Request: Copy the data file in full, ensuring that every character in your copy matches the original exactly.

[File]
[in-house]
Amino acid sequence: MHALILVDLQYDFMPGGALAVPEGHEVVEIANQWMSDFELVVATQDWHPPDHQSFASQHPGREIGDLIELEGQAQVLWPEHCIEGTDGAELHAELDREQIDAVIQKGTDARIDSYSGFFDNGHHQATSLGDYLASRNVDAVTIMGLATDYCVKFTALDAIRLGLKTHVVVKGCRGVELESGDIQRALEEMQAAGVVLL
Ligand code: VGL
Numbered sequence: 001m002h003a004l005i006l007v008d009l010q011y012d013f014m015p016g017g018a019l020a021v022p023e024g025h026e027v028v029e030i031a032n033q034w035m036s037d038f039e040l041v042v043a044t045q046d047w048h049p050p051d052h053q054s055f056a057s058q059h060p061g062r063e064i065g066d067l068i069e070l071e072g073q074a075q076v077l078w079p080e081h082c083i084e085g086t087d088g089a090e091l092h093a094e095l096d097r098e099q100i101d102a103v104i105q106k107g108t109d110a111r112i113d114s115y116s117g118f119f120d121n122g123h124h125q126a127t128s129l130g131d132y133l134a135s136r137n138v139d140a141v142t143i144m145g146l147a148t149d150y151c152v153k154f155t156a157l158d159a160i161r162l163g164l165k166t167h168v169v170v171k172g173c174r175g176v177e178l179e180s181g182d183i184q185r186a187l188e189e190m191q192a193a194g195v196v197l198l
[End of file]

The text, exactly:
[in-house]
Amino acid sequence: MHALILVDLQYDFMPGGALAVPEGHEVVEIANQWMSDFELVVATQDWHPPDHQSFASQHPGREIGDLIELEGQAQVLWPEHCIEGTDGAELHAELDREQIDAVIQKGTDARIDSYSGFFDNGHHQATSLGDYLASRNVDAVTIMGLATDYCVKFTALDAIRLGLKTHVVVKGCRGVELESGDIQRALEEMQAAGVVLL
Ligand code: VGL
Numbered sequence: 001m002h003a004l005i006l007v008d009l010q011y012d013f014m015p016g017g018a019l020a021v022p023e024g025h026e027v028v029e030i031a032n033q034w035m036s037d038f039e040l041v042v043a044t045q046d047w048h049p050p051d052h053q054s055f056a057s058q059h060p061g062r063e064i065g066d067l068i069e070l071e072g073q074a075q076v077l078w079p080e081h082c083i084e085g086t087d088g089a090e091l092h093a094e095l096d097r098e099q100i101d102a103v104i105q106k107g108t109d110a111r112i113d114s115y116s117g118f119f120d121n122g123h124h125q126a127t128s129l130g131d132y133l134a135s136r137n138v139d140a141v142t143i144m145g146l147a148t149d150y151c152v153k154f155t156a157l158d159a160i161r162l163g164l165k166t167h168v169v170v171k172g173c174r175g176v177e178l179e180s181g182d183i184q185r186a187l188e189e190m191q192a193a194g195v196v197l198l